The hardest thing to live with about the cabin is getting in because it is a big step up. In the LTZ’s case, side steps and hand-grabs make it easier. If you’re like me and you have baby seats, be prepared to lift Junior high to get him in there – maybe not as high as Rafiki lifts Simba in The Lion King, but close…
Once inside, though, there’s room for all. The Silverado’s cabin helps you understand what Americans mean by full-size truck. It doesn’t matter where you sit or what basketball team you play for, you will have enough legroom and headroom to be comfortable. And yes, you can fit three adult men across the back seat.
The Silverado LTZ’s maximum payload is 760kg, which must account for everything in the tray and everyone in the cabin. The tray is 1776mm long internally and 1286mm between the wheel arches. It comes with a durable plastic liner that makes it easier to slide loads in and out, just be careful sliding things out of reach. There are 12 tie-down points and LED bed lighting to illuminate the area in the dark.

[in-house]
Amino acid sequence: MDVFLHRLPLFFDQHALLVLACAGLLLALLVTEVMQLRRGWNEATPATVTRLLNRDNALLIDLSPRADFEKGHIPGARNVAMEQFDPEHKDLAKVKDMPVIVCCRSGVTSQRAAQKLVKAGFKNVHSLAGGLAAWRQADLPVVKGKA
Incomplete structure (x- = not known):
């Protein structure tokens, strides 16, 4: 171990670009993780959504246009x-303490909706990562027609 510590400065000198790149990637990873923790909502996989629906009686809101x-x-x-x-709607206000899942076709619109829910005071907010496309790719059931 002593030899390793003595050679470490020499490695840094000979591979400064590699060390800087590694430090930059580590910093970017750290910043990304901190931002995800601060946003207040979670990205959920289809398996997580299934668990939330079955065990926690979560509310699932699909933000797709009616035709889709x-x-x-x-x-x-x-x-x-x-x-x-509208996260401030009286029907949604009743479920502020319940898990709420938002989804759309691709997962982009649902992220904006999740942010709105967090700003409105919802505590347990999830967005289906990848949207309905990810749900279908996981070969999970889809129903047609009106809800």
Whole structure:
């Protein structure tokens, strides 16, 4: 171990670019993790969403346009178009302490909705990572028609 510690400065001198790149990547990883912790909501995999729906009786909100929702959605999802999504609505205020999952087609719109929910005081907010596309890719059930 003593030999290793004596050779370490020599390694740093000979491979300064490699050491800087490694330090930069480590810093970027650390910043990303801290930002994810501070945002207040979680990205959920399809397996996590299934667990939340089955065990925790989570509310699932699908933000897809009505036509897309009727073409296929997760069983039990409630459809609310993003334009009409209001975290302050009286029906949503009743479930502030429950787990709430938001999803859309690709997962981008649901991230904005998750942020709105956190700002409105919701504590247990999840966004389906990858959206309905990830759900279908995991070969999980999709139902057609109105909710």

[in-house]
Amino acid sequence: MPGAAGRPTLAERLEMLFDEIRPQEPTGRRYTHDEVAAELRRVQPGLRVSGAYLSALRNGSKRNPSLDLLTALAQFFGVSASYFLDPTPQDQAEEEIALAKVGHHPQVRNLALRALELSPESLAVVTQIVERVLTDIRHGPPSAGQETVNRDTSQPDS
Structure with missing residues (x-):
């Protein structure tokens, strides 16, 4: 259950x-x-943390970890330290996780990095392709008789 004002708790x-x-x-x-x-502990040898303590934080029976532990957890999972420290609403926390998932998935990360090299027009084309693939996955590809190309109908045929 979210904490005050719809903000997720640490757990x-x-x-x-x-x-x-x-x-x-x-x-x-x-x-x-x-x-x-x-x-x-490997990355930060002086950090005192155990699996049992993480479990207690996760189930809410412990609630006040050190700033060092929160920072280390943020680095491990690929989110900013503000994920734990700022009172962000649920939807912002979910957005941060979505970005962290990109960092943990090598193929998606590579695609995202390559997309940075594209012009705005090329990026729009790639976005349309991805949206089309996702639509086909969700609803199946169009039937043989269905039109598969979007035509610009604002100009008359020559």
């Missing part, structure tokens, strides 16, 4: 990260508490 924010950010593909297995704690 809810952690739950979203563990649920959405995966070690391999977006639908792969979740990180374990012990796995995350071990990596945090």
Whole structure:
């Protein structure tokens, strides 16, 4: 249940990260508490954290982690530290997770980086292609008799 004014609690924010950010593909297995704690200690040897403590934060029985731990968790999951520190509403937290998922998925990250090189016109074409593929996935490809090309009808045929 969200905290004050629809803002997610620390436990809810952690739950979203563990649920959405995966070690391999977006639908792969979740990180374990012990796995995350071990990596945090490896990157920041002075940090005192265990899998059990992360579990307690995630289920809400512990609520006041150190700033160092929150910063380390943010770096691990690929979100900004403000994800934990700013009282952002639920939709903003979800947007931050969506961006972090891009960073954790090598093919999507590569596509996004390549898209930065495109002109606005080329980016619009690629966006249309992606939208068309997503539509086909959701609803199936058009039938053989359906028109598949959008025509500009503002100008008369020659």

|2021 Chevrolet Silverado LTZ Premium|
Infotainment and Connectivity
Chevrolet’s infotainment system offers access to audio and climate functions, phone integration, user customisation and trailer towing enhancements. There are seven trailer profiles readily available depending on whether you’re dragging a horse, boat, cows, caravan, car or cargo. It’s also ready to handle conventional tow bars, goosenecks and fifth wheels – and if you have to ask, then this isn’t the vehicle for you.
The infotainment system is easy to use, well laid out and responsive, although the graphics are falling behind the times. There’s also no satellite navigation, which is a strange exclusion from a six-figure vehicle.
There are USB-A and USB-C ports in both rows.
Connecting smartphones by wire or wirelessly is straightforward. We didn’t encounter any problems using wires, but we did have a couple of Android Auto dropouts when connected wirelessly. We’ve experienced this with cars for a handful of brands, so suspect this is an Android issue, not a Chevrolet issue.